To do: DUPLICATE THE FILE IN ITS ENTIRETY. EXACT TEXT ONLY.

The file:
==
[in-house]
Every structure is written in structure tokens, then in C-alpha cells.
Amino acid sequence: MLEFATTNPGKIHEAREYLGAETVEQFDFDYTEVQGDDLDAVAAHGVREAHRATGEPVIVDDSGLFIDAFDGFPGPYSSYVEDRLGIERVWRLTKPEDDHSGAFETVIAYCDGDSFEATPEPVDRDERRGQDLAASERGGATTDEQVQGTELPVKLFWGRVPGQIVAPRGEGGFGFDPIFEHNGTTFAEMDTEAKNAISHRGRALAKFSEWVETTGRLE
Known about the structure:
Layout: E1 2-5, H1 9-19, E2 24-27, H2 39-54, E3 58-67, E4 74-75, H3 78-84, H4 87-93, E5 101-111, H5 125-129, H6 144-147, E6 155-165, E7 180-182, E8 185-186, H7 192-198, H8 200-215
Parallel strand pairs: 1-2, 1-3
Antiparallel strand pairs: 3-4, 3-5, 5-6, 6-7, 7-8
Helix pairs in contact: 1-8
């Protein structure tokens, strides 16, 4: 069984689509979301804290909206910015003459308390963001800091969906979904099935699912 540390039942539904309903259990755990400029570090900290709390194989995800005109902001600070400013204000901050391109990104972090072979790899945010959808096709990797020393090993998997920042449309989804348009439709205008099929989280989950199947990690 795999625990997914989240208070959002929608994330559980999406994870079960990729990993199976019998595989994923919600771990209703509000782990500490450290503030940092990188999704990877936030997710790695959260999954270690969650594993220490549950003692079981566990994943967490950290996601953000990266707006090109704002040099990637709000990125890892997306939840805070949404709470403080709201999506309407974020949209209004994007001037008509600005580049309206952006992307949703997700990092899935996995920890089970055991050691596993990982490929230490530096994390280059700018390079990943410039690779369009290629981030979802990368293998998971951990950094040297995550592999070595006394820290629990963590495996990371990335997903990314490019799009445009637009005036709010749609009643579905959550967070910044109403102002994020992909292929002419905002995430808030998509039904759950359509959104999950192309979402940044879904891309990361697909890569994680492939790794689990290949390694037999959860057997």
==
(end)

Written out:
[in-house]
Every structure is written in structure tokens, then in C-alpha cells.
Amino acid sequence: MLEFATTNPGKIHEAREYLGAETVEQFDFDYTEVQGDDLDAVAAHGVREAHRATGEPVIVDDSGLFIDAFDGFPGPYSSYVEDRLGIERVWRLTKPEDDHSGAFETVIAYCDGDSFEATPEPVDRDERRGQDLAASERGGATTDEQVQGTELPVKLFWGRVPGQIVAPRGEGGFGFDPIFEHNGTTFAEMDTEAKNAISHRGRALAKFSEWVETTGRLE
Known about the structure:
Layout: E1 2-5, H1 9-19, E2 24-27, H2 39-54, E3 58-67, E4 74-75, H3 78-84, H4 87-93, E5 101-111, H5 125-129, H6 144-147, E6 155-165, E7 180-182, E8 185-186, H7 192-198, H8 200-215
Parallel strand pairs: 1-2, 1-3
Antiparallel strand pairs: 3-4, 3-5, 5-6, 6-7, 7-8
Helix pairs in contact: 1-8
């Protein structure tokens, strides 16, 4: 069984689509979301804290909206910015003459308390963001800091969906979904099935699912 540390039942539904309903259990755990400029570090900290709390194989995800005109902001600070400013204000901050391109990104972090072979790899945010959808096709990797020393090993998997920042449309989804348009439709205008099929989280989950199947990690 795999625990997914989240208070959002929608994330559980999406994870079960990729990993199976019998595989994923919600771990209703509000782990500490450290503030940092990188999704990877936030997710790695959260999954270690969650594993220490549950003692079981566990994943967490950290996601953000990266707006090109704002040099990637709000990125890892997306939840805070949404709470403080709201999506309407974020949209209004994007001037008509600005580049309206952006992307949703997700990092899935996995920890089970055991050691596993990982490929230490530096994390280059700018390079990943410039690779369009290629981030979802990368293998998971951990950094040297995550592999070595006394820290629990963590495996990371990335997903990314490019799009445009637009005036709010749609009643579905959550967070910044109403102002994020992909292929002419905002995430808030998509039904759950359509959104999950192309979402940044879904891309990361697909890569994680492939790794689990290949390694037999959860057997």